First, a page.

Volume 11 - Opinions of Counsel SBRPS No. 73
Senior citizens exemption (income requirement) (long-term care insurance premiums) - Real Property Tax Law, § 467:
Where a municipality has opted to allow applicants for the senior citizens exemption to offset their unreimbursed medical and prescription drug expenses, premiums paid for long-term care insurance may also be deducted. Where a municipality has not opted to allow that offset, however, such payments are not deductible.
We have been asked whether “pre-paid expenses for an owner’s care in a residential health care facility” may be deducted in computing income eligibility for the senior citizens exemption (Real Property Tax Law, §467). The corollary question is whether a municipality’s decision to adopt the income offset for unreimbursed medical and prescription drug expenses affects the answer. In our opinion, that decision is determinative.
Income is defined for purposes of the senior citizens exemption in section 467(3)(a)). In a 1972 opinion, based upon the definition of income then applicable, we concluded that: “Expenditures for personal medical expenses are not deductible [from income] ...” (2 Op.Counsel SBEA No. 65).
However, chapter 313 of the Laws of 1996 amended the income definition to provide that “any such income shall be offset by all medical and prescription drug expenses actually paid which were not reimbursed or paid for by insurance, if the governing board of a municipality, after a public hearing, adopts a local law, ordinance, or resolution providing therefor.” As a result, in 10 Op.Counsel SBRPS No. 28, we concluded that, where a municipality adopts such option, “premiums paid for medical insurance (including Medicare Part B) may be deducted.” In that opinion, we relied on provisions of the Internal Revenue Code and commentaries thereon in reaching our conclusion.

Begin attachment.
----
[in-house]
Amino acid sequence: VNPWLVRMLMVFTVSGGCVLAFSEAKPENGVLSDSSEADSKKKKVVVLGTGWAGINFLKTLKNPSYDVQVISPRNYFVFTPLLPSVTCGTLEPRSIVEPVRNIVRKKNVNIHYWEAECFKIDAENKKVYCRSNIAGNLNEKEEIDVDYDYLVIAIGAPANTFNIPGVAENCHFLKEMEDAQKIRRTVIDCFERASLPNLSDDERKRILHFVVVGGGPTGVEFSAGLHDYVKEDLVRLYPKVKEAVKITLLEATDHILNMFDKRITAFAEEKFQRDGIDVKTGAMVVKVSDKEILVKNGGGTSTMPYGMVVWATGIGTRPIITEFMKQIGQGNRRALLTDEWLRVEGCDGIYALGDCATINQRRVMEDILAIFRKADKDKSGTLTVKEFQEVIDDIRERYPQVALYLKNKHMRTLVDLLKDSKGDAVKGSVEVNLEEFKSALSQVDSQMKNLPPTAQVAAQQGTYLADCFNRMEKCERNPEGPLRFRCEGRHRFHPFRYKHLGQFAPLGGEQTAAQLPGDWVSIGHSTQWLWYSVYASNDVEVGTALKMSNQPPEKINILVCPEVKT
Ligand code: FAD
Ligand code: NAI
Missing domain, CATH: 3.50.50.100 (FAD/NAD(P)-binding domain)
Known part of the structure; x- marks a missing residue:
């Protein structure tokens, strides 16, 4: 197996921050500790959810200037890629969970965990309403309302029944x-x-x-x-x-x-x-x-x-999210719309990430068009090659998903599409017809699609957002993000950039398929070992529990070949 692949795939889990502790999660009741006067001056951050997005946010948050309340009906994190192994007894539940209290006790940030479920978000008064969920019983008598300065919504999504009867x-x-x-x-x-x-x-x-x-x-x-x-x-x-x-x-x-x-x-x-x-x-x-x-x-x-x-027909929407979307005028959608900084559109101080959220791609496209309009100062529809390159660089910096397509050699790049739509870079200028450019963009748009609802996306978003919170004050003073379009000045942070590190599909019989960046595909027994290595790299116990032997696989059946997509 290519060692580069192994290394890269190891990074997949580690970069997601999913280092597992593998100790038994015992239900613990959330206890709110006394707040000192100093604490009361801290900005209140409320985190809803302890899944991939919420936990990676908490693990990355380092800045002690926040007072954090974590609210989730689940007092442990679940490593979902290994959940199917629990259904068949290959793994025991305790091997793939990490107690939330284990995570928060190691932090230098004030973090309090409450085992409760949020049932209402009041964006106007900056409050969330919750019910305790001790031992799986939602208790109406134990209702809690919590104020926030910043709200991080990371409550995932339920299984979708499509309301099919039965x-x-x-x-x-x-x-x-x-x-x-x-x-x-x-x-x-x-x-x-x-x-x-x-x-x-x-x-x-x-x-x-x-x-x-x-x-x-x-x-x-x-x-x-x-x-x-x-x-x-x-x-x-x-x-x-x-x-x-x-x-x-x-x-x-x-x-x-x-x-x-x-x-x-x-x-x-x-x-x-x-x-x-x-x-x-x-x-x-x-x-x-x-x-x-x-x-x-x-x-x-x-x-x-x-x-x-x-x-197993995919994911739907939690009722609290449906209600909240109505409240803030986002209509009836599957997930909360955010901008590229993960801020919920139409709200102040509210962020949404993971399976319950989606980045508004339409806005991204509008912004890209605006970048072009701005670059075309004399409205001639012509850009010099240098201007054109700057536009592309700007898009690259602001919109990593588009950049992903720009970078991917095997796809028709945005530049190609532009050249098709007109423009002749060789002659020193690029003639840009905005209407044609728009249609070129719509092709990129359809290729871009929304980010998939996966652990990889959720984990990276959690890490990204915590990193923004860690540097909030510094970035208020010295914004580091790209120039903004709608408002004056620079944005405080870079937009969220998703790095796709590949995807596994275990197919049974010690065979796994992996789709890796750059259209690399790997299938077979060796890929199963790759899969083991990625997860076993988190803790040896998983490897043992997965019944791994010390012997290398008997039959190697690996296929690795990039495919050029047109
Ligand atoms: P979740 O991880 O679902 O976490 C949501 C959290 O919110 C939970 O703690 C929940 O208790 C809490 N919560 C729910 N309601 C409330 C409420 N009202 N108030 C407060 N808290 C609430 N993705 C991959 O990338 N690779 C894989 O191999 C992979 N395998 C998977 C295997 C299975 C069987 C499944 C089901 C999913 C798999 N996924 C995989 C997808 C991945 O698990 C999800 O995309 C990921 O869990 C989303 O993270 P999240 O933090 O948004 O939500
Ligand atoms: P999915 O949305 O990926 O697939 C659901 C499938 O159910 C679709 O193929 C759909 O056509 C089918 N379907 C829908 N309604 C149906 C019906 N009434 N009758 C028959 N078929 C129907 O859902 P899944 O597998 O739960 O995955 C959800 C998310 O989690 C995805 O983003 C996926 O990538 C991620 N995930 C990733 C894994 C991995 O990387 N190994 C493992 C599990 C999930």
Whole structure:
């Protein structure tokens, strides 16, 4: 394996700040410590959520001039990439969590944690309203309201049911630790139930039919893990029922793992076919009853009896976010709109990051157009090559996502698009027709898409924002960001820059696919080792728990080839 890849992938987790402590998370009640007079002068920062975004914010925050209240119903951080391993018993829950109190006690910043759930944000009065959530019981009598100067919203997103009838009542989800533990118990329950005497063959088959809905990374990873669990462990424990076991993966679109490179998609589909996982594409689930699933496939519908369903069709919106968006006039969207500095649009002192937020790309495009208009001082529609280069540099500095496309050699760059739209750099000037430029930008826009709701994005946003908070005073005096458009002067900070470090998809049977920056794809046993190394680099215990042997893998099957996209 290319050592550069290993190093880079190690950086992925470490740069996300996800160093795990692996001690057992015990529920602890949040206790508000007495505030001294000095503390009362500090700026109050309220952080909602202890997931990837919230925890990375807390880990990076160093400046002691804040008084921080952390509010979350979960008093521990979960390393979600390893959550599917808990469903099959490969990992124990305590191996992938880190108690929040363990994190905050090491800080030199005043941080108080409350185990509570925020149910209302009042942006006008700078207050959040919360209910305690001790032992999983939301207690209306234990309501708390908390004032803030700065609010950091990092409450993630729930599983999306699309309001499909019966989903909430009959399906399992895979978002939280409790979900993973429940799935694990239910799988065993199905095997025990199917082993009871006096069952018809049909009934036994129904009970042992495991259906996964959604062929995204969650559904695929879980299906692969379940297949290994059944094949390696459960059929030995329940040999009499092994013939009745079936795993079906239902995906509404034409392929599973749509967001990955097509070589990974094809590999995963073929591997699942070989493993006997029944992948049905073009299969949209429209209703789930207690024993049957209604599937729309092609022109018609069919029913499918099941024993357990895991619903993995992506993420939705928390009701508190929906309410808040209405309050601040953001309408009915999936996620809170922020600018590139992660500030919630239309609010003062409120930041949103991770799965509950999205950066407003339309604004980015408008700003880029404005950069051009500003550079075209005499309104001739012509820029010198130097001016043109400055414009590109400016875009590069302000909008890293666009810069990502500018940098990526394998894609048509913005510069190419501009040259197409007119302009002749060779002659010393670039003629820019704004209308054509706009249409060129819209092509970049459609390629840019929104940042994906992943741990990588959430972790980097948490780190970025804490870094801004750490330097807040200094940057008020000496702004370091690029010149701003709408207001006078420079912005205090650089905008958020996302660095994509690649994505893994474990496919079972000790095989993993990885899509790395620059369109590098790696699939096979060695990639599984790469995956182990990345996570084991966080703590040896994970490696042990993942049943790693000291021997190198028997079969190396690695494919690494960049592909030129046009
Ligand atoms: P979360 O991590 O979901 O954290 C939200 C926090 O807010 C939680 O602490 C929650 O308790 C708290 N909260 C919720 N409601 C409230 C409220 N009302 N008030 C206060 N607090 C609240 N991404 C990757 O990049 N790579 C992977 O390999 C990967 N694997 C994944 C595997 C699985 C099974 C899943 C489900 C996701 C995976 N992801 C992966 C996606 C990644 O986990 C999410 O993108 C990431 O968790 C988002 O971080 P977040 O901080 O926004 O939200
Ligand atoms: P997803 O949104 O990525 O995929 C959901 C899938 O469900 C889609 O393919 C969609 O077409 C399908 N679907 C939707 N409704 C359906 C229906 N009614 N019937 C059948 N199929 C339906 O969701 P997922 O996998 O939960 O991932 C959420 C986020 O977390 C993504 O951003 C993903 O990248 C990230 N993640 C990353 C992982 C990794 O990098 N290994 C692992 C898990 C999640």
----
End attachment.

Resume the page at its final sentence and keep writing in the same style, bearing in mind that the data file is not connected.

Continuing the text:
We are assuming that the reference to “pre-paid expenses” is to payments for “‘qualified long-term care services’ (as defined in section 7702B(c))” that are now included in the definition of “medical care” for purposes of section 213 of the IRS Code (26 USCS §213(d)(1)(C)), which is the Code section prescribing the itemized deduction allowed for medical, dental, and related expenses. “Amounts paid for insurance that covers qualified long-term care services are deductible medical care expenses” (34 Am Jur2d, Federal Taxation (2005) 18811). “Specifically, the term ‘medical care’ includes amounts paid for insurance ... for any qualified long-term care insurance contract” (47A CJS §203).
Accordingly, consistent with our conclusion in 10 Op.Counsel SBRPS No. 28, in our opinion, where a municipality has opted to allow applicants for the senior citizens exemption to offset their unreimbursed medical and prescription drug expenses, premiums paid for long-term care insurance may also be deducted. Where a municipality has not opted to allow that offset, however, such payments are not deductible (see, 2 Op.Counsel SBEA No. 65).
Finally, we note that the statute generally requires that all of the owners reside on the property for which exemption is sought, “except where ... an owner is absent from the residence while receiving health-related care as in inpatient of a residential health care facility, as defined in [Public Health Law, §2801], provided that any income accruing to that person shall only be income only to the extent that it exceeds the amount paid by such owner, spouse, or co-owner for care in the facility...” (RPTL, §467(3)(d); 10 Op.Counsel SBRPS No. 99).
February 22, 2005